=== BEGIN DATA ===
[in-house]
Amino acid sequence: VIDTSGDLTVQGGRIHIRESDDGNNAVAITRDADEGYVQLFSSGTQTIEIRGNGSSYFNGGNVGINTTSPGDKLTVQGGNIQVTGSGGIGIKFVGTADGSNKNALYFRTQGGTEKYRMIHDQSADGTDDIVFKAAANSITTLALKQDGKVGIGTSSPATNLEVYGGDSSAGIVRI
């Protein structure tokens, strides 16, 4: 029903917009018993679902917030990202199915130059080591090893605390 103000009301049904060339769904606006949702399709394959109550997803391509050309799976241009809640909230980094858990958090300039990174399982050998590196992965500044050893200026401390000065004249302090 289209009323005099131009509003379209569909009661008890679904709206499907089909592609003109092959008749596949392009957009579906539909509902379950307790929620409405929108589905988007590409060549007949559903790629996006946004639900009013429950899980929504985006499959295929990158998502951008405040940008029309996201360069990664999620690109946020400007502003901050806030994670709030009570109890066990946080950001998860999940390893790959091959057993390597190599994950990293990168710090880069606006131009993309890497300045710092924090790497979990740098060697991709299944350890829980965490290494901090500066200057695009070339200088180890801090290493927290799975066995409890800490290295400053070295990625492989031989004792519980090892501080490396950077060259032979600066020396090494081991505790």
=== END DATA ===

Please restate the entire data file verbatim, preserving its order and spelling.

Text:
[in-house]
Amino acid sequence: VIDTSGDLTVQGGRIHIRESDDGNNAVAITRDADEGYVQLFSSGTQTIEIRGNGSSYFNGGNVGINTTSPGDKLTVQGGNIQVTGSGGIGIKFVGTADGSNKNALYFRTQGGTEKYRMIHDQSADGTDDIVFKAAANSITTLALKQDGKVGIGTSSPATNLEVYGGDSSAGIVRI
């Protein structure tokens, strides 16, 4: 029903917009018993679902917030990202199915130059080591090893605390 103000009301049904060339769904606006949702399709394959109550997803391509050309799976241009809640909230980094858990958090300039990174399982050998590196992965500044050893200026401390000065004249302090 289209009323005099131009509003379209569909009661008890679904709206499907089909592609003109092959008749596949392009957009579906539909509902379950307790929620409405929108589905988007590409060549007949559903790629996006946004639900009013429950899980929504985006499959295929990158998502951008405040940008029309996201360069990664999620690109946020400007502003901050806030994670709030009570109890066990946080950001998860999940390893790959091959057993390597190599994950990293990168710090880069606006131009993309890497300045710092924090790497979990740098060697991709299944350890829980965490290494901090500066200057695009070339200088180890801090290493927290799975066995409890800490290295400053070295990625492989031989004792519980090892501080490396950077060259032979600066020396090494081991505790």